Work the graveyard shift at a 24-hour Taco Bell for any length of time, and should you harbor any illusions about man as a sentient being, they will quickly be dispelled.
The title of this blog is a direct quote from Cliff – a gentle, soft-spoken, hygienically-challenged giant of a 19 year-old boy with a faint resemblance to Robert Smith of The Cure (for those of you who don’t remember the eighties click here http://en.wikipedia.org/wiki/Robert_Smith_(musician)), who occasionally worked drive-thru on the night shift. When he got bored, he would say whatever happened to spring to mind – directly into his headset.
Thus, on a slow night, you might be greeted with, Welcome to Taco Bell, may I lick your intestines?
Which was exactly the question posed to one middle-aged female customer, who, upon hearing what she perceived as a bizarre sexual request (albeit politely couched), fled the parking lot without placing an order. But not before she saw Cliff suggestively licking his palm as she sped by the drive-thru window.
While she was unable to collect herself enough to order, she did sufficiently recover from her emotional distress with enough faculties intact to call the restaurant, recount to me in detail the traumatic events, and inform me that she would never come back again. That is, until I offered her a free meal. Because it makes perfect sense to continue to patronize an establishment where previously you were propositioned by a disconcerting man-child wearing a headset and licking his extremities – simply because they offered you a complimentary Number Seven with a large drink.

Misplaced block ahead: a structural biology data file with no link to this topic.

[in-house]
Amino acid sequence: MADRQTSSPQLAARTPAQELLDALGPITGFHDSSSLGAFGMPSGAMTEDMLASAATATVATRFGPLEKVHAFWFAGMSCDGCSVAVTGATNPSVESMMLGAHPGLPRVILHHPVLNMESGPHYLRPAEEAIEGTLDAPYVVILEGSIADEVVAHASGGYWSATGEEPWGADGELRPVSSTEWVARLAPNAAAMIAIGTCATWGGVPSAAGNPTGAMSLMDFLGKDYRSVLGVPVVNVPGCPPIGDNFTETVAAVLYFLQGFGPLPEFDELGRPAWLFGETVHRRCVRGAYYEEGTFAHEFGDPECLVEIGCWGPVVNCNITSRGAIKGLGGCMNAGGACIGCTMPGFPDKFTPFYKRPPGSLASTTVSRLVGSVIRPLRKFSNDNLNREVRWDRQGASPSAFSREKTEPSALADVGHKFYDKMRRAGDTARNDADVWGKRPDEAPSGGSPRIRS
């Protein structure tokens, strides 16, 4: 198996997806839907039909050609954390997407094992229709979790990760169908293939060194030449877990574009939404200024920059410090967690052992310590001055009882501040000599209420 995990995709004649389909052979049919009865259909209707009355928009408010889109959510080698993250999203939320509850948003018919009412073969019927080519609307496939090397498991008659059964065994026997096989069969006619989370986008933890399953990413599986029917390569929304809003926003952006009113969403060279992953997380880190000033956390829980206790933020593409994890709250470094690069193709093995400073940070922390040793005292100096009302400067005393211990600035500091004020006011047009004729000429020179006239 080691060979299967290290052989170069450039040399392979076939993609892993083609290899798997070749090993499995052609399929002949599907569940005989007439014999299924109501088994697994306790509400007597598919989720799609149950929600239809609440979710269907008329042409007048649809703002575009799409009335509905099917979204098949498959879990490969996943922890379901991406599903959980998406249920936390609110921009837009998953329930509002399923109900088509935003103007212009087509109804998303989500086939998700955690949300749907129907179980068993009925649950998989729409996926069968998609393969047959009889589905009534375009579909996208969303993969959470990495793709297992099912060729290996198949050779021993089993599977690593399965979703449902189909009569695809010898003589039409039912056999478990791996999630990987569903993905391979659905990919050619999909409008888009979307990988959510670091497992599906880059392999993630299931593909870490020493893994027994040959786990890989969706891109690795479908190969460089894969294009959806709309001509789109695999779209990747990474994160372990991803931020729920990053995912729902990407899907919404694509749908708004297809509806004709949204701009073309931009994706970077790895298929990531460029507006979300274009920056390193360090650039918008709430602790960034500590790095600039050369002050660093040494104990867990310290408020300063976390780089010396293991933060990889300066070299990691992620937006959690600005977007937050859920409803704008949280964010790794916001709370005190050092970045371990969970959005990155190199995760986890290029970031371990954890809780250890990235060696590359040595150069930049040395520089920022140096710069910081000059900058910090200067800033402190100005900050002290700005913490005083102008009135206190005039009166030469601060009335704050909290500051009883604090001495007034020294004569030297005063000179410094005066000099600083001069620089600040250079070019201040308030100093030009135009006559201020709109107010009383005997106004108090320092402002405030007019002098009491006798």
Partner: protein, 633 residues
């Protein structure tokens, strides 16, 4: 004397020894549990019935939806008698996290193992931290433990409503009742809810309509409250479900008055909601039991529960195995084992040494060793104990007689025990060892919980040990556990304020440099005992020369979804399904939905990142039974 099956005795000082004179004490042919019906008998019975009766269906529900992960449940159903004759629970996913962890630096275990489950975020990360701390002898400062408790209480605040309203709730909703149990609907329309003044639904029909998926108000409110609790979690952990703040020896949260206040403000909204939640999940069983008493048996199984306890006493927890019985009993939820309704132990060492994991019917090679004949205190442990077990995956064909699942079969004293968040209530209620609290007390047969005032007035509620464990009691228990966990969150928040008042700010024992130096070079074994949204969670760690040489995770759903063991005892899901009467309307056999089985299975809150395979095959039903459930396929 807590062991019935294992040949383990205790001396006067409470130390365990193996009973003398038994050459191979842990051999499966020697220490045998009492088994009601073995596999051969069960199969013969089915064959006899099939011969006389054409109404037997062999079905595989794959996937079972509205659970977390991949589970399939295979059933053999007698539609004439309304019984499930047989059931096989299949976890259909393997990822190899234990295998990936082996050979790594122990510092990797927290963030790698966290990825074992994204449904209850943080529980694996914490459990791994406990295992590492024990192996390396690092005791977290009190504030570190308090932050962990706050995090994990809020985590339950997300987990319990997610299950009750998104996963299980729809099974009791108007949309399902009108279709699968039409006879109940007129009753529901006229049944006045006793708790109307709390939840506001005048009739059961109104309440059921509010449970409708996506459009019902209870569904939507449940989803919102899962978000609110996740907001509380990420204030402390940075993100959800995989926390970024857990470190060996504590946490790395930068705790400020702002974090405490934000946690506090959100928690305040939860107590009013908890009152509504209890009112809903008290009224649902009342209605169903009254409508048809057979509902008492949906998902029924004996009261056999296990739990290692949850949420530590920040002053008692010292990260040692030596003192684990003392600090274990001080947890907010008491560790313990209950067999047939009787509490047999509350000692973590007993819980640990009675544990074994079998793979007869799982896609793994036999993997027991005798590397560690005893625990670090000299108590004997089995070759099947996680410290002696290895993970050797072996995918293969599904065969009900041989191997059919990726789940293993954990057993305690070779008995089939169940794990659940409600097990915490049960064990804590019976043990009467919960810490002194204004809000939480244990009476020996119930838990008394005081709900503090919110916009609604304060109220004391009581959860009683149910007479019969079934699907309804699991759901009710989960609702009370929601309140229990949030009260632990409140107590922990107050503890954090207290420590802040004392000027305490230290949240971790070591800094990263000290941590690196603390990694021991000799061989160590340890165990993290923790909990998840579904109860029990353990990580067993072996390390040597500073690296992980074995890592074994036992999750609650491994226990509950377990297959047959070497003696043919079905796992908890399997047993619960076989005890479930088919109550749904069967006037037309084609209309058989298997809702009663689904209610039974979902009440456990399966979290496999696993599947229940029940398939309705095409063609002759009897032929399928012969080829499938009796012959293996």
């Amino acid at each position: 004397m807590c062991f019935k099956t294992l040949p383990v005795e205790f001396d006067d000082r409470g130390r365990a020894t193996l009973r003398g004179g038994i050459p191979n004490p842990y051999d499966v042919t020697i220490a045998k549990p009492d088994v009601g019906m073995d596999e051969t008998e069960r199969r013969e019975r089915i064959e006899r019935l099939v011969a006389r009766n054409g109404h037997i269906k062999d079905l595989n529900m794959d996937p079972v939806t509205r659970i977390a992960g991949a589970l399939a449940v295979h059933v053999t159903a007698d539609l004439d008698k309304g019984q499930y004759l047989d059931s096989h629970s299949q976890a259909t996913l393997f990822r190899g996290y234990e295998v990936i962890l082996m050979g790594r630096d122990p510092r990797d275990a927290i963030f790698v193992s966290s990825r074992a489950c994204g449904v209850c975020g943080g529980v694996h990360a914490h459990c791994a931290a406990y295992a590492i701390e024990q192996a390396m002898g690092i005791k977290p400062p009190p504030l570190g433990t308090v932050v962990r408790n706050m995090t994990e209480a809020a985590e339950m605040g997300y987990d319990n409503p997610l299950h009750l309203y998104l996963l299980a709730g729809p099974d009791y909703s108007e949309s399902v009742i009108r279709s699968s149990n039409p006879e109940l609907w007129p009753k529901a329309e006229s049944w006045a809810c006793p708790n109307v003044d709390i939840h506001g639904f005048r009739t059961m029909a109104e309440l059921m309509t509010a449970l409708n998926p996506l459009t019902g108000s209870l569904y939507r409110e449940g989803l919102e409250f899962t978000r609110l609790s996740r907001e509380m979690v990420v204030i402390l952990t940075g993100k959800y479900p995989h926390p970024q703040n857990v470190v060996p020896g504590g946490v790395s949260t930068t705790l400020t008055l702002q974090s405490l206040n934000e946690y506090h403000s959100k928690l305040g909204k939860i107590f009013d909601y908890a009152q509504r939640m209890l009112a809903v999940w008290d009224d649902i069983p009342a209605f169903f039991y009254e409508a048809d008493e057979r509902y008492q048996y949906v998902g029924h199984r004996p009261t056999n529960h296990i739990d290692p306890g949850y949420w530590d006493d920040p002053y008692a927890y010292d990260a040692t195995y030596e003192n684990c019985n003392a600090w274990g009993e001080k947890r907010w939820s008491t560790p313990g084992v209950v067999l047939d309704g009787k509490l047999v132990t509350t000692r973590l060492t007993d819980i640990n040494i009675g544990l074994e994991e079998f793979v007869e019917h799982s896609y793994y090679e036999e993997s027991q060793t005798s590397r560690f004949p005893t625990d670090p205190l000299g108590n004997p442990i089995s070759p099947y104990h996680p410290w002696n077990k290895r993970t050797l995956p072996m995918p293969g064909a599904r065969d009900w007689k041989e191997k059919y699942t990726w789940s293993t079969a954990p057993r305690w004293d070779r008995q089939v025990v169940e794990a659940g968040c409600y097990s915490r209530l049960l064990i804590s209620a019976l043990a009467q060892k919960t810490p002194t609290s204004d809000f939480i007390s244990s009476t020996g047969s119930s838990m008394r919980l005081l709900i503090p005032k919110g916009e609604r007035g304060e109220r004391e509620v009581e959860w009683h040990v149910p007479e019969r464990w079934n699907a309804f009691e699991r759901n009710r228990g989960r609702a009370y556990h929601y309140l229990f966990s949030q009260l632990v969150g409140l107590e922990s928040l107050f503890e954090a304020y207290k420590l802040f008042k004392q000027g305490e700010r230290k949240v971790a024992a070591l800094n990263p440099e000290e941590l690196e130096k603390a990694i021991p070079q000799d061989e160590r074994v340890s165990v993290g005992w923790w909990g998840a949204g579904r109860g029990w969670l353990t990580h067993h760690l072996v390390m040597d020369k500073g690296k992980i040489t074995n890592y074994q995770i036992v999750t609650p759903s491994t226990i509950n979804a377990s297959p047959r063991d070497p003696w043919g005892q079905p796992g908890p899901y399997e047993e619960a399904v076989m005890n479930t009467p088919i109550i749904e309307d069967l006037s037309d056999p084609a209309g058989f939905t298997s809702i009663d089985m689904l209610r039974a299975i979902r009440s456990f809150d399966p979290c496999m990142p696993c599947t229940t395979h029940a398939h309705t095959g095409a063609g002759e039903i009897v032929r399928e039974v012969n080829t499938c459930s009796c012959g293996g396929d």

And so it went.
Not that I could blame my night shift employees for the occasional lapse in judgement.
Since Taco Bell was the cheapest fast food and the only local restaurant opened after the bars closed – late night drive-thru customers tended towards the sketchy.
Sometimes drunk. Loud, demanding and obnoxious. And clearly bewildered that we didn’t find their “honest opinions” offered in regards to our career choices and job skills refreshing.
Sometimes stoned. Sweet and polite, but confused about why we couldn’t make them a Whopper with no onions.
Or looking to show us Big Jim and the Twins. Which I have to confess, I found somewhat flattering the first time it happened to me. But after that, not so much. Just tell me if you want hot or mild sauce and move along – you’re killing my speed of service times.
By the time the birds began chirping, and the morning sun illuminated the vomit outside the drive-thru window, my faith in humanity had a tendency to be shaken.
But no worries. Cliff would always offer to follow me home.
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